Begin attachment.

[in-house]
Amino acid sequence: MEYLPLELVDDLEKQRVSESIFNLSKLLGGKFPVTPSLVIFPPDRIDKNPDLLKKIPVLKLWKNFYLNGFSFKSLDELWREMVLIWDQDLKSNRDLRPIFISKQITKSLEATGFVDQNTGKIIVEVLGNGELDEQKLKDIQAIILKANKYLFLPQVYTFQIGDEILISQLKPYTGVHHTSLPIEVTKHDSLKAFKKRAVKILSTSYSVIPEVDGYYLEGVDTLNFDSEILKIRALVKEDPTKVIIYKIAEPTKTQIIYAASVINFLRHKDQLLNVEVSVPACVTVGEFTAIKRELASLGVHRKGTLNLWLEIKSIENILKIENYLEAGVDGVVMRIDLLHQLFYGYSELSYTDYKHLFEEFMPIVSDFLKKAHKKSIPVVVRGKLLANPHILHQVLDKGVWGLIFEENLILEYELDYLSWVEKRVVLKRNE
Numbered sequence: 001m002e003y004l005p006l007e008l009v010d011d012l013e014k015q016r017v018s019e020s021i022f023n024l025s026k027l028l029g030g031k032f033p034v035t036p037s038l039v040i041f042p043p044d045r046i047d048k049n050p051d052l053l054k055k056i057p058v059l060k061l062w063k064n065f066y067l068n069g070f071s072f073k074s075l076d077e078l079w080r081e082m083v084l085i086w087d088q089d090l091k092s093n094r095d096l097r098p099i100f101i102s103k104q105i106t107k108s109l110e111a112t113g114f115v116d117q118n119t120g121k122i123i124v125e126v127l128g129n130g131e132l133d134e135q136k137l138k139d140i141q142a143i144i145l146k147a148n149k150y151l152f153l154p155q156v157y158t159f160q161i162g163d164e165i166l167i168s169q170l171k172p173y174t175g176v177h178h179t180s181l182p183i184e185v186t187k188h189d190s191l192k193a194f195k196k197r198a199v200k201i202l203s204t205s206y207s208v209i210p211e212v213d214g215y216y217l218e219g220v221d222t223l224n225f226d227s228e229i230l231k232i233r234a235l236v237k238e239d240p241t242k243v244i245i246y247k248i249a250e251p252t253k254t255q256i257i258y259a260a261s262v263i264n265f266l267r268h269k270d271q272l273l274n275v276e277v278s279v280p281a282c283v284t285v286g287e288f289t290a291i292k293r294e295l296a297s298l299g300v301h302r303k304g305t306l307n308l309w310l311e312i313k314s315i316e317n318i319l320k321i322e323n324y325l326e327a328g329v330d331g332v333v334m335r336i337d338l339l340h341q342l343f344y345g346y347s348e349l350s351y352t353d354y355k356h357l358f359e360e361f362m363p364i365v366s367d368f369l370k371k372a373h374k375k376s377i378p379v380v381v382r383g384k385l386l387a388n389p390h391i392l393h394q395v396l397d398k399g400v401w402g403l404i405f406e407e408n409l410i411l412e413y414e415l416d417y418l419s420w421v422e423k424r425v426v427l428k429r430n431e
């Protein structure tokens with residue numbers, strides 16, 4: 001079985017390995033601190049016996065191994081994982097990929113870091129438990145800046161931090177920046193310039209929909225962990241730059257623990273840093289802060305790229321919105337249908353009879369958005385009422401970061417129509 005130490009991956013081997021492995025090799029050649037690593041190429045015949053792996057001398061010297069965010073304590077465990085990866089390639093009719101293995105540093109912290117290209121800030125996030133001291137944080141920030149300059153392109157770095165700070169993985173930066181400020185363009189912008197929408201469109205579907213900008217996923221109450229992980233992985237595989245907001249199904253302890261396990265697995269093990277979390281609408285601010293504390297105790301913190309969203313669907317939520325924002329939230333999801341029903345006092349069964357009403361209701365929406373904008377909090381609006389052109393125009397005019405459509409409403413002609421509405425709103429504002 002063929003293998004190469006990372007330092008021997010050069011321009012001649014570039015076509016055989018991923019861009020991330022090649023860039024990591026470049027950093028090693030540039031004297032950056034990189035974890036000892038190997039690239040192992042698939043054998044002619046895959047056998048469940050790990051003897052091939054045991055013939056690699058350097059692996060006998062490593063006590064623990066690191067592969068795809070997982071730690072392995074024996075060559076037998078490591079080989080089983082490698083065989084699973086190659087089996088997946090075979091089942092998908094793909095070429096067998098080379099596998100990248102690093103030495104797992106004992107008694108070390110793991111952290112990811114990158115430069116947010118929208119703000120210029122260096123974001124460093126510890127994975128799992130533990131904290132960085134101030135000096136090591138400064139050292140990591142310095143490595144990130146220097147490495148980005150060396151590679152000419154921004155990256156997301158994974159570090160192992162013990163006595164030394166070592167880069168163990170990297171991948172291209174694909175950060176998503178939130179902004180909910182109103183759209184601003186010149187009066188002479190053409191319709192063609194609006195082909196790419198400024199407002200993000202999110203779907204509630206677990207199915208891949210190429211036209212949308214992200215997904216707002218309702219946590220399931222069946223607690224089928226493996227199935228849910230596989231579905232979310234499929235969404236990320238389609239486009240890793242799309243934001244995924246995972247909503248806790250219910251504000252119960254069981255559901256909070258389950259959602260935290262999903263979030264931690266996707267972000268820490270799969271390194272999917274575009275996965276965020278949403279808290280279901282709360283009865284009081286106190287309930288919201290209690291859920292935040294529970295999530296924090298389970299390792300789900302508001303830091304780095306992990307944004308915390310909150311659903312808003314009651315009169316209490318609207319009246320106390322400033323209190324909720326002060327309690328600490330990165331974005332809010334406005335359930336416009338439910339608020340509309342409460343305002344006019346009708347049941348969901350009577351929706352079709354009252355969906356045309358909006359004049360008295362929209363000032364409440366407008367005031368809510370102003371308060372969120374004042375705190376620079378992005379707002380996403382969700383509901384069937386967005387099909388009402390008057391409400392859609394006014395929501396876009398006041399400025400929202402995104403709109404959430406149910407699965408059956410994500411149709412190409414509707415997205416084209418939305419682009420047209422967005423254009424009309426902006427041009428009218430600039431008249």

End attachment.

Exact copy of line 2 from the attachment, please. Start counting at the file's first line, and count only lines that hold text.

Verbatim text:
Amino acid sequence: MEYLPLELVDDLEKQRVSESIFNLSKLLGGKFPVTPSLVIFPPDRIDKNPDLLKKIPVLKLWKNFYLNGFSFKSLDELWREMVLIWDQDLKSNRDLRPIFISKQITKSLEATGFVDQNTGKIIVEVLGNGELDEQKLKDIQAIILKANKYLFLPQVYTFQIGDEILISQLKPYTGVHHTSLPIEVTKHDSLKAFKKRAVKILSTSYSVIPEVDGYYLEGVDTLNFDSEILKIRALVKEDPTKVIIYKIAEPTKTQIIYAASVINFLRHKDQLLNVEVSVPACVTVGEFTAIKRELASLGVHRKGTLNLWLEIKSIENILKIENYLEAGVDGVVMRIDLLHQLFYGYSELSYTDYKHLFEEFMPIVSDFLKKAHKKSIPVVVRGKLLANPHILHQVLDKGVWGLIFEENLILEYELDYLSWVEKRVVLKRNE